Universal signs TikTok deal allowing artists back on platform | Universal Music

TikTok and Universal Music Group have reached a deal that will allow songs and artists from its labels including Olivia Rodrigo and Drake to return to the video-sharing app.

The world’s largest music company began pulling content from TikTok in February after falling out with it over issues including artist compensation and the use of artificial intelligence-generated music on the platform.

In a joint statement on Thursday, the companies said they were working “expeditiously” to return music by UMG’s artists to TikTok. The deal pledges to tackle concerns about generative AI – technology that produces highly convincing audio, image and text from simple hand-typed prompts – with TikTok saying it would work with Universal to remove unauthorised AI-made content.

“TikTok and UMG will work together to ensure AI development across the music industry will protect human artistry and the economics that flow to those artists and songwriters,” the companies said.

One of the earliest examples of deepfake AI-generated music featured two Universal artists, Drake and the Weeknd, and was called Heart on My Sleeve. Released in April last year, it was pulled from TikTok, Spotify and YouTube, with Universal warning at the time that unapproved AI-generated music was “denying artists their due compensation”.

The companies said the deal would deliver improved pay terms for Universal songwriters and artists, provide new promotional opportunities for songs and introduce “industry-leading protections” on AI.

TikTok has become a vital conduit for the music industry, with a quarter of US consumers saying they listen to songs they have heard on TikTok. The viral-video platform is where 16- to 19-year-olds in the US most commonly discover music, ahead of YouTube and music streaming services such as Spotify, according to MIDiA Research.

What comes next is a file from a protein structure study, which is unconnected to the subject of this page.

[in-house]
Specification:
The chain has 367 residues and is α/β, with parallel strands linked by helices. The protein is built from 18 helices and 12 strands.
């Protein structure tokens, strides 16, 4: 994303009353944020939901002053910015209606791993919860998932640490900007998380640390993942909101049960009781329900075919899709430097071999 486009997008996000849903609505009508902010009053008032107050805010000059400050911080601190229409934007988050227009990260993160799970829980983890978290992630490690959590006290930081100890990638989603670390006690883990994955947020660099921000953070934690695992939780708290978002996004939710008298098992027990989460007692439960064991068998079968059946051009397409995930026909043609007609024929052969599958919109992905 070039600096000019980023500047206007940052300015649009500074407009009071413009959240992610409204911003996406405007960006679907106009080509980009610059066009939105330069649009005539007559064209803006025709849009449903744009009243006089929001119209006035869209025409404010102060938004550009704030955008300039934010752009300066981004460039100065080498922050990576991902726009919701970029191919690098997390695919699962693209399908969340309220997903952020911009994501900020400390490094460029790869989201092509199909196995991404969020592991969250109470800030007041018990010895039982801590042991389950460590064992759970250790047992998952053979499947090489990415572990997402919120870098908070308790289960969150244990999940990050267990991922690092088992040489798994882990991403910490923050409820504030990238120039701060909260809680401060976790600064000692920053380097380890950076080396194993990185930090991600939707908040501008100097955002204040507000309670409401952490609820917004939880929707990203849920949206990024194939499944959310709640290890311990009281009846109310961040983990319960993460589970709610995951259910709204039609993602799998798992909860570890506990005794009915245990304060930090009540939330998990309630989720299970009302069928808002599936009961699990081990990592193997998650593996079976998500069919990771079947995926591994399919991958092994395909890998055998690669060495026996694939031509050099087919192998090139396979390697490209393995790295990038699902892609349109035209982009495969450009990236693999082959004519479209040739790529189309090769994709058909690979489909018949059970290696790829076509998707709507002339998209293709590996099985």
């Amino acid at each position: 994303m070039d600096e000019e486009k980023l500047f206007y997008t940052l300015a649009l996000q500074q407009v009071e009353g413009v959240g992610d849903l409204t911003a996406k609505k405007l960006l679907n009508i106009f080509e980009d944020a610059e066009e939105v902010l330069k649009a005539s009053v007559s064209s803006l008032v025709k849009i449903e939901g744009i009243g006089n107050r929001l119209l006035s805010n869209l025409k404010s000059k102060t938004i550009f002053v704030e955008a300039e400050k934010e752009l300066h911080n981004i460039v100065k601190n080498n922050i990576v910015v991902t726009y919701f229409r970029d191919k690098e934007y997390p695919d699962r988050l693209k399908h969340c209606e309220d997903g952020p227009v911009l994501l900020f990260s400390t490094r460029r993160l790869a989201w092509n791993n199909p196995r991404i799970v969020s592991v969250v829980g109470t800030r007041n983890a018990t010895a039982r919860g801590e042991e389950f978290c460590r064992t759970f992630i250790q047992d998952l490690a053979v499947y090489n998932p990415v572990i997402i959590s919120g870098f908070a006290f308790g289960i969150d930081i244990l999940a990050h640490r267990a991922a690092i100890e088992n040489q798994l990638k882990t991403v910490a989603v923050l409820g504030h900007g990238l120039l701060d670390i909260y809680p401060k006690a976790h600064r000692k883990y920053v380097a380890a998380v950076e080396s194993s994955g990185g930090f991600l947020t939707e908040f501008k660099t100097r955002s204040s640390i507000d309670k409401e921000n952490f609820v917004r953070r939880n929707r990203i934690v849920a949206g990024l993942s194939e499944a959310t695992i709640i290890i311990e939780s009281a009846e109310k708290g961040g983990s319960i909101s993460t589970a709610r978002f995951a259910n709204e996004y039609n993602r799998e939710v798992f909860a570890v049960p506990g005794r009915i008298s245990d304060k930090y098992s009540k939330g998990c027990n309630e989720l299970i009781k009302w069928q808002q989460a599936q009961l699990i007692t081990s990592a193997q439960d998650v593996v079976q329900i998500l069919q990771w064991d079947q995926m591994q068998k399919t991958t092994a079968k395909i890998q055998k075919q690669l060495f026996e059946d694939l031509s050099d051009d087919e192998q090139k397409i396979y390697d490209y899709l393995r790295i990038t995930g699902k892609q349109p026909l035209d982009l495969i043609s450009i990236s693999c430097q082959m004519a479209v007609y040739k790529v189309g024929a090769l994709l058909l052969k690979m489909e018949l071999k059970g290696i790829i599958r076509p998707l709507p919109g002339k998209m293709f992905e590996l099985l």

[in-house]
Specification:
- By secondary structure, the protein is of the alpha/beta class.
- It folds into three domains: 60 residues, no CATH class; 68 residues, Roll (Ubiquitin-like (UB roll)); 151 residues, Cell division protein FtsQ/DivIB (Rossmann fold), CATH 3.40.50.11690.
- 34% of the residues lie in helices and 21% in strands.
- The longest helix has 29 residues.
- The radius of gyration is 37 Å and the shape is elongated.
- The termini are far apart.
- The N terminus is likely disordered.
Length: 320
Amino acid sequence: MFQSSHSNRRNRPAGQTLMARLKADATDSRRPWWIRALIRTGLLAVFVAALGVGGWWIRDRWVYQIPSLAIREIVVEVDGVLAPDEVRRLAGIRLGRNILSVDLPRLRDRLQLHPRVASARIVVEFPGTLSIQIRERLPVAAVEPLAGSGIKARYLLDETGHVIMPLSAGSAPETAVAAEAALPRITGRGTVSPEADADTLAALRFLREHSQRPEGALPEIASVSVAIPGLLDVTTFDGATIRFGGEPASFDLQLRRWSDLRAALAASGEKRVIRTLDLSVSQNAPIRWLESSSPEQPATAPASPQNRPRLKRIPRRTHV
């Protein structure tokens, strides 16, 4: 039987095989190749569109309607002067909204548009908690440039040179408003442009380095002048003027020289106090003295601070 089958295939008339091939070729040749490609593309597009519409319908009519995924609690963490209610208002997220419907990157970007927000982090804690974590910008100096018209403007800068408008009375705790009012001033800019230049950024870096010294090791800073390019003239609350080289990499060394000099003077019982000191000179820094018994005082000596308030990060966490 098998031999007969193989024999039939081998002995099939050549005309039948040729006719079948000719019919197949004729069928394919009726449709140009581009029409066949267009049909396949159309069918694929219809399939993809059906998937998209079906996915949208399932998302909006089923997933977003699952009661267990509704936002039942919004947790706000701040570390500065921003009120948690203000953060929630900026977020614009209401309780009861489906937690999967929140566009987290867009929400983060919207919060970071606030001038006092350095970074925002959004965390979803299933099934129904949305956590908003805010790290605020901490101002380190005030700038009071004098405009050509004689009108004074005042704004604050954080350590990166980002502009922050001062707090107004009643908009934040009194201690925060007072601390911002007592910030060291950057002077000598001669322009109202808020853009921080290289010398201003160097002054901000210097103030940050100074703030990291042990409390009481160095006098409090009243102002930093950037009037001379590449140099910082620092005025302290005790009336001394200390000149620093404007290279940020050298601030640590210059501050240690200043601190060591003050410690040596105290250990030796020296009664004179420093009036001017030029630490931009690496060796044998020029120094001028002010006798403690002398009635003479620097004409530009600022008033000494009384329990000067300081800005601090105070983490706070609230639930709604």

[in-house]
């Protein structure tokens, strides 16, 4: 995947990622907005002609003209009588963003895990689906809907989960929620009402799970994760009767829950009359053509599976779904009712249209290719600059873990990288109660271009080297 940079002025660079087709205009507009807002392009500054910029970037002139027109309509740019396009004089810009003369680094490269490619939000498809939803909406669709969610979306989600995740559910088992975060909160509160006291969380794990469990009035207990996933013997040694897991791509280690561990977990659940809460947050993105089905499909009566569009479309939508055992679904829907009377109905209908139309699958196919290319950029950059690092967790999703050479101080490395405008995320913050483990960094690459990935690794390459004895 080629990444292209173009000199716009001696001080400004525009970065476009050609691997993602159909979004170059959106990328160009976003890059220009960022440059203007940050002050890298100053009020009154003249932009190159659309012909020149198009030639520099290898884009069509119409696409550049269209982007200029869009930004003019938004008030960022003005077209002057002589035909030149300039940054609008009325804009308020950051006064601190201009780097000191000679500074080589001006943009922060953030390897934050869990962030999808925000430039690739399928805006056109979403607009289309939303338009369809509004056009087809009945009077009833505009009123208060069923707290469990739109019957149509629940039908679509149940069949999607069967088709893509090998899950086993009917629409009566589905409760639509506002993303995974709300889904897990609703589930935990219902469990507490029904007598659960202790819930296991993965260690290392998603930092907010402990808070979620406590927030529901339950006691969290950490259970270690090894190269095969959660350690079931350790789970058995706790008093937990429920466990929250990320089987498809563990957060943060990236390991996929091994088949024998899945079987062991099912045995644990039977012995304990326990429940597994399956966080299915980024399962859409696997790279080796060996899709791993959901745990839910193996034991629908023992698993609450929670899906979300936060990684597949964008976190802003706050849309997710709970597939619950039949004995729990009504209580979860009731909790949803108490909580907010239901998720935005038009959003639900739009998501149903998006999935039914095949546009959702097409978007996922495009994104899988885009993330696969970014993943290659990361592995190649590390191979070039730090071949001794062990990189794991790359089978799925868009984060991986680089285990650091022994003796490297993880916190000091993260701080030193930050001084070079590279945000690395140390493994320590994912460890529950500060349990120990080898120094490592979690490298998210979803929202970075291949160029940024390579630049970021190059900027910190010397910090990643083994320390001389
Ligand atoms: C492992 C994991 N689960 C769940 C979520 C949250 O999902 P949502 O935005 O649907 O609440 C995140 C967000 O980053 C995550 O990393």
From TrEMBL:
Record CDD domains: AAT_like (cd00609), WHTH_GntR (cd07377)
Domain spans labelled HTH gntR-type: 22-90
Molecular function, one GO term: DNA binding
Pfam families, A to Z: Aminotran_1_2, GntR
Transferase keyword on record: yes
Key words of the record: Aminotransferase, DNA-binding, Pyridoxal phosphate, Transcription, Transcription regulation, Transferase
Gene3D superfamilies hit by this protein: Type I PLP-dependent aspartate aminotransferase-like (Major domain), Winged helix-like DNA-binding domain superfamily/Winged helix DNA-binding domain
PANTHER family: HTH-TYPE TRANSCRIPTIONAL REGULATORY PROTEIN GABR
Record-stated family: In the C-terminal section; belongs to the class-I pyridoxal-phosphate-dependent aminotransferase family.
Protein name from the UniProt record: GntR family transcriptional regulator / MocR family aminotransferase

Taylor Swift, a Universal artist, has already allowed her music to return to TikTok because she owns the copyright to her work through a 2018 deal that gives her control of where her songs are made available.

The Chinese-owned platform has more than 1 billion users around the world, including 170 million in the US, where its future is in doubt after the president, Joe Biden, signed into law a bill requiring TikTok’s parent, Beijing-based ByteDance, to sell the app’s US operations or face a ban.

Sir Lucian Grainge, the chair and chief executive of UMG, said: “This new chapter in our relationship with TikTok focuses on the value of music, the primacy of human artistry and the welfare of the creative community.”

Grainge added in a memo to staff, seen by the Guardian, that artist and songwriter compensation would be greater than under the previous deal with TikTok, and that the deal addressed the “primary concern” that AI-generated content would “massively dilute the royalty pool for human artists”.

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TikTok pays out to artists and songwriters from a fixed royalty pool and Universal was concerned that its roster might lose out to AI-generated material flooding the platform.

Shou Zi Chew, TikTok’s chief executive, said music was an “integral part” of the platform and the company was pleased to have found a “path forward” with Universal.

Niamh Burns, a senior analyst at Enders Analysis, said an agreement was bound to be reached ultimately because the presence of UMG content on the platform suited both sides.

“TikTok’s content is way more engaging when it comes with a good music catalogue,” she said. “On the other side, the promotional benefits to UMG and its artists of being on TikTok are clear. You can see that in how Taylor Swift decided unilaterally to return to the platform before her new album was released.”


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